Each yoga intensive I find myself doing something that surprises and delights me. This morning we had been doing padmasana and then went to headstand variations that included half padmasana, and since I felt like doing a full urdhva padmasana, I did. The pose was really calling to me. I used to do this one as a kid all the time, and it was a bit of time travel for me. Fun, and exhilarating.
urdhva padmasana

That word, 'exhilerating,' I just realized how close it is to exhale. Inhalation and exhalation are the twin building blocks of pranayama, according to Iyengar. We practiced viloma breathing and kumbhaka, focusing first on inhaling and then exhaling, and observing the different affects.

I experienced how focusing and deepening the inhale is energizing, while focusing on the exhale more relaxing. 

Notes/ set-ups for future pranayama reference:
- for reclined pranayama: 5 blocks (four flat and one as a pillow)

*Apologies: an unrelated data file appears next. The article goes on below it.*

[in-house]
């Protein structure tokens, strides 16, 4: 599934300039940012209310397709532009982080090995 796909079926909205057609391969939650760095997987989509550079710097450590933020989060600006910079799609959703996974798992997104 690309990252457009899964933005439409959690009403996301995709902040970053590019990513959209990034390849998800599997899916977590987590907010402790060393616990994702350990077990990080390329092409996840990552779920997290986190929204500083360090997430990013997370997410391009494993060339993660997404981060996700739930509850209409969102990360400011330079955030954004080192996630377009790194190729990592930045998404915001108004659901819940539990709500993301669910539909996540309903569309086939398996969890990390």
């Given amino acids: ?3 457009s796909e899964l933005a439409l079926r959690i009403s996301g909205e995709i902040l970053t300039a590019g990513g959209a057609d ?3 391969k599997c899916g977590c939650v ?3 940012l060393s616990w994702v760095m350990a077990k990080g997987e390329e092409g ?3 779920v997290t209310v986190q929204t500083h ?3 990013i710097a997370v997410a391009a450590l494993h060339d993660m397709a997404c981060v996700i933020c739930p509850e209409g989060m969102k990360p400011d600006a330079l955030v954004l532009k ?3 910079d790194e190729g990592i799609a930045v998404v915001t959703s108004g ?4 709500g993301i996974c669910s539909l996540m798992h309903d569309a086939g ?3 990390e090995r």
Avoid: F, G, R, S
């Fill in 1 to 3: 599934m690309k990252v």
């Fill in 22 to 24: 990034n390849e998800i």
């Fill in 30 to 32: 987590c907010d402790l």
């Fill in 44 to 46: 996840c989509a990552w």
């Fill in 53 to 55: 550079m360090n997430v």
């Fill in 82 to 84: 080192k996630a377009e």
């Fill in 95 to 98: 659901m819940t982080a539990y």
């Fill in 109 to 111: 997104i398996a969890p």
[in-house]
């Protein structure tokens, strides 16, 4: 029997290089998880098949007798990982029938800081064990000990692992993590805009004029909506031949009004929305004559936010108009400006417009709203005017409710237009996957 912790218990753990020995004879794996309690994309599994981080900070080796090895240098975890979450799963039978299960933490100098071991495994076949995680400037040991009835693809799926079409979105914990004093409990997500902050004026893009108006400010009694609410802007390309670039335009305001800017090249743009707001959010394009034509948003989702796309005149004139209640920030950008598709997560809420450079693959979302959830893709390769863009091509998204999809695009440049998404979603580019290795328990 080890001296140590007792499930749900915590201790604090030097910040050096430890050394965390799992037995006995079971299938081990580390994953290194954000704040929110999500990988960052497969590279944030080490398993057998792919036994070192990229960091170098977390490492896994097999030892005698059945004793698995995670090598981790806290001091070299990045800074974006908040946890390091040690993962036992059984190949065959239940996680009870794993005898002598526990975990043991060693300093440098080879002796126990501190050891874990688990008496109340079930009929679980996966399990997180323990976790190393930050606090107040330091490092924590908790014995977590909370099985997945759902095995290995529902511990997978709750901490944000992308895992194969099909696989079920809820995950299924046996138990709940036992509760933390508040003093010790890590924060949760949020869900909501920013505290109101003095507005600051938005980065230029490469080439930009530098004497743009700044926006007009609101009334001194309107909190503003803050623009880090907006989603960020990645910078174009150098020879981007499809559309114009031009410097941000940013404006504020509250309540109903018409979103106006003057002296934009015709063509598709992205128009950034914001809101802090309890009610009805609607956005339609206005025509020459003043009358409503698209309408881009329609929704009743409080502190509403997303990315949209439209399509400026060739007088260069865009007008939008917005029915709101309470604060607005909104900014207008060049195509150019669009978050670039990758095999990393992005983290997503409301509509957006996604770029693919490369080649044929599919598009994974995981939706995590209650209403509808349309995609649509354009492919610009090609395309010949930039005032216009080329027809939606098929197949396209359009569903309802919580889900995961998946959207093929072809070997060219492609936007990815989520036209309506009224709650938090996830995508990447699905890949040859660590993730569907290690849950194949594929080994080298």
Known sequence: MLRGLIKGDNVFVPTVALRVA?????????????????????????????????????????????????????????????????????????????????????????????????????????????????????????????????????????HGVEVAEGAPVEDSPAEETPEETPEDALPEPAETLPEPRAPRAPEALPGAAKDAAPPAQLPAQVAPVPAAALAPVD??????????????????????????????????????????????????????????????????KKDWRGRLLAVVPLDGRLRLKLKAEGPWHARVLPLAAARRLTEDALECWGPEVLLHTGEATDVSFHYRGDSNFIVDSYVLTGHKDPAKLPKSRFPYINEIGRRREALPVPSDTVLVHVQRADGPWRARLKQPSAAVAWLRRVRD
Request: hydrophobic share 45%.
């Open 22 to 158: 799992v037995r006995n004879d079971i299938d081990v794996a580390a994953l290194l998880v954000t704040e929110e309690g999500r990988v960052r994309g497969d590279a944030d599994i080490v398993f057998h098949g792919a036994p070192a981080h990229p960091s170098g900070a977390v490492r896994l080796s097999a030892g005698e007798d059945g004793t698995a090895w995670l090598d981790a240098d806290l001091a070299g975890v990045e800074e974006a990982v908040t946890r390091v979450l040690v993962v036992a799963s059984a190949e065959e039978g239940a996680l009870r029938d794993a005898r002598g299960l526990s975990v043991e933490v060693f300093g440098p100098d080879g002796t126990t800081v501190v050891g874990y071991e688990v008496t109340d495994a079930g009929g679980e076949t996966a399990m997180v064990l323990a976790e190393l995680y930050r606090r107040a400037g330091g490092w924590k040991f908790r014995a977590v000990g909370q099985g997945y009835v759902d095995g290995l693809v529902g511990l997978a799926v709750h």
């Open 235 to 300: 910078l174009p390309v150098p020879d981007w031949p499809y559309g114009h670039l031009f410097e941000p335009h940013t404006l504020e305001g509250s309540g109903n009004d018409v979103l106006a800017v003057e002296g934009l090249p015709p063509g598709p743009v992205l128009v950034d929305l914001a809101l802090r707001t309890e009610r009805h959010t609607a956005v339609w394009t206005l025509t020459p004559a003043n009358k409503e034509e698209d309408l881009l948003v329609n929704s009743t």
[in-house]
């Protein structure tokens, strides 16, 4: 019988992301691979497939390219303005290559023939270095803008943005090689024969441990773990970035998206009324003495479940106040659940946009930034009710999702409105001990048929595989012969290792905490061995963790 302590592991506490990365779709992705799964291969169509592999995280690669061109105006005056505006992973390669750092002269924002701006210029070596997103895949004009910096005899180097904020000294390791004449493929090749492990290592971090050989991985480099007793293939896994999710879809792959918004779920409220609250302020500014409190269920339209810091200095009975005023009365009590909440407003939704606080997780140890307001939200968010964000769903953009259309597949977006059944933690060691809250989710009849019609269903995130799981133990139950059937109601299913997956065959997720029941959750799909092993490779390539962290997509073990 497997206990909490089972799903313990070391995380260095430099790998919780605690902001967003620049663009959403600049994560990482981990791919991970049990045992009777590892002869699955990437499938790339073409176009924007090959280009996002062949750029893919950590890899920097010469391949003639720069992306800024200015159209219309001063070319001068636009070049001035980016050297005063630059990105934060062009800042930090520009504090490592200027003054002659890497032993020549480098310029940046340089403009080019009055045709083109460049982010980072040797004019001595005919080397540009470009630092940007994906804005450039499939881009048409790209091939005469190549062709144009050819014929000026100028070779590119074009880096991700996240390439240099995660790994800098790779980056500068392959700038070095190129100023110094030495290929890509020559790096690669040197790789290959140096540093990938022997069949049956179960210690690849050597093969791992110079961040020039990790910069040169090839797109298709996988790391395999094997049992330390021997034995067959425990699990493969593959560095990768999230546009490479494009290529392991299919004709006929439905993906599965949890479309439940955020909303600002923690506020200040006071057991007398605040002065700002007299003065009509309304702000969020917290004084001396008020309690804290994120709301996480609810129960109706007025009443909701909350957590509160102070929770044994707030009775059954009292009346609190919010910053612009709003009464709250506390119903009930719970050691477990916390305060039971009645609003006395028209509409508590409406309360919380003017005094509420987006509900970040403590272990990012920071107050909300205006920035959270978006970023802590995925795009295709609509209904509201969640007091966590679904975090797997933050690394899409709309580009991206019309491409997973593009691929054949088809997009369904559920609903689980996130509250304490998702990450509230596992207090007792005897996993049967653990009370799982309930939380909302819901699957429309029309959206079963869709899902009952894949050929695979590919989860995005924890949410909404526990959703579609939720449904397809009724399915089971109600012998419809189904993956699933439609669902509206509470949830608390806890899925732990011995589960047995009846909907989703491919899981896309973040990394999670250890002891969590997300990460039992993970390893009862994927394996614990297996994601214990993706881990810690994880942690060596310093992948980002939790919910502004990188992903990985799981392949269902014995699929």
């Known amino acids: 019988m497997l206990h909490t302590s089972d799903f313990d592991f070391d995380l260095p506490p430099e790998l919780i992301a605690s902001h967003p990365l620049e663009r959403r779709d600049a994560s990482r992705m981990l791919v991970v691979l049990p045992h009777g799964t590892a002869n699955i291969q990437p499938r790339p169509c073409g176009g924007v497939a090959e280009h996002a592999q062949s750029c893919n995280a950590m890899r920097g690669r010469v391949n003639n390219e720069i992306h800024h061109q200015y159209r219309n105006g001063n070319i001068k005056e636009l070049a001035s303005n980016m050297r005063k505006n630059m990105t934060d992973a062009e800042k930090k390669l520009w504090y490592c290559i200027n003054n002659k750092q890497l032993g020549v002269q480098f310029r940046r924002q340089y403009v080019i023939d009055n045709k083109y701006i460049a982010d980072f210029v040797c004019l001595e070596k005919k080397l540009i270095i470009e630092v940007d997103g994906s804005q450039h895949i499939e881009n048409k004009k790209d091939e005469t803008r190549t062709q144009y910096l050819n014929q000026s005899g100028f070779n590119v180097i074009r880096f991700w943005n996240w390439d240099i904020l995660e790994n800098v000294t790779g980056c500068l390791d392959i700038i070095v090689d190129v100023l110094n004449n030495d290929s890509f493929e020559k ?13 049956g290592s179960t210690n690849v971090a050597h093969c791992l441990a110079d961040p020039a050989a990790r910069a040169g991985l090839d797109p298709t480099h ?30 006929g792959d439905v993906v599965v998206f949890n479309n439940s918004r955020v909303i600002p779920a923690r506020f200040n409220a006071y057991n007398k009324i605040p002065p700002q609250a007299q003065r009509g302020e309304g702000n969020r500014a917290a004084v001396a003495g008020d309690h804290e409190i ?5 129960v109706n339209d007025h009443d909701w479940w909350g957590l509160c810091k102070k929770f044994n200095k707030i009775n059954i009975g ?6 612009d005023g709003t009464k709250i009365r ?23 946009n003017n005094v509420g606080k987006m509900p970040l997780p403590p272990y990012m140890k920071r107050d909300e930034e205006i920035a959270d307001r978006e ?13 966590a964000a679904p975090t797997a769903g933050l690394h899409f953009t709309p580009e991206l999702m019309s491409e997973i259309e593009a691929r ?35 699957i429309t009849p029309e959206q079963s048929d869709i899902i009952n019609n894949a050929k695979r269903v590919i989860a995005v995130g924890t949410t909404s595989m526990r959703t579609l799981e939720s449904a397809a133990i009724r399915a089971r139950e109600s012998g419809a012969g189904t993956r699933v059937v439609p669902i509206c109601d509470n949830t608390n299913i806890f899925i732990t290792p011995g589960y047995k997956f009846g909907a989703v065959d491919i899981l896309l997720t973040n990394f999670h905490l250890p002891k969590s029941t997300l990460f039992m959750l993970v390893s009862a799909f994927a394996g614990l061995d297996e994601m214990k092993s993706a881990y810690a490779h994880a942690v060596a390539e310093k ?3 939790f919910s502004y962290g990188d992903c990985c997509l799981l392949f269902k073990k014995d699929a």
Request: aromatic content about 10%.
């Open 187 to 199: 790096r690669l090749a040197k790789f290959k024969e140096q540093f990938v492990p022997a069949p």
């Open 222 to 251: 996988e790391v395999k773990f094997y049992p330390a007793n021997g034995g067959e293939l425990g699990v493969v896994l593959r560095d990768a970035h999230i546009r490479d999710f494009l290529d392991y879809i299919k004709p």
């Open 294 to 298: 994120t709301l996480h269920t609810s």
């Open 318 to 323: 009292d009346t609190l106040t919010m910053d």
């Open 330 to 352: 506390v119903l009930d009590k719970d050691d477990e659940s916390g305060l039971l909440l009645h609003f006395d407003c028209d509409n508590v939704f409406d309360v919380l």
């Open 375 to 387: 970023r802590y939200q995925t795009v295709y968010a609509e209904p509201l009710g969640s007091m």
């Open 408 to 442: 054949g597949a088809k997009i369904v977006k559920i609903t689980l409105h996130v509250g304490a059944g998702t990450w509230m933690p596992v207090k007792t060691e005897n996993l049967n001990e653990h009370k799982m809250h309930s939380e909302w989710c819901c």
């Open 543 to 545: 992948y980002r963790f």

- for seated pranayma: bolster with a blanket and plank on top, blanket wrapped around ankles for increased comfort + seated on a foam block, with legs through back of metal chair and wrists resting against the chair back

Sunday, July 10, 2016

Happiness Hypothesis

The Happiness Hypothesis has been bedtime reading for awhile. I put the book on library hold after learning about it in The Happy Film and have now renewed it the maximum number of times.

Some ideas and quotes from dog-eared pages:

Things won are done; joy's soul lies in the doing.
- Shakespeare

If Passion drives, let Reason hold the reigns.
- Benjamin Franklin

A wise man chooses not the greatest quantity of food but the most tasty.
- Epicurious

The keys to flow (total immersion and effortless movement): there is a clear challenge that fully engages your attention; you have the skills to meet the challenge; and you get feedback on how you are doing at each step.
- Csikszentmihalyi (pronounced "cheeks sent me high")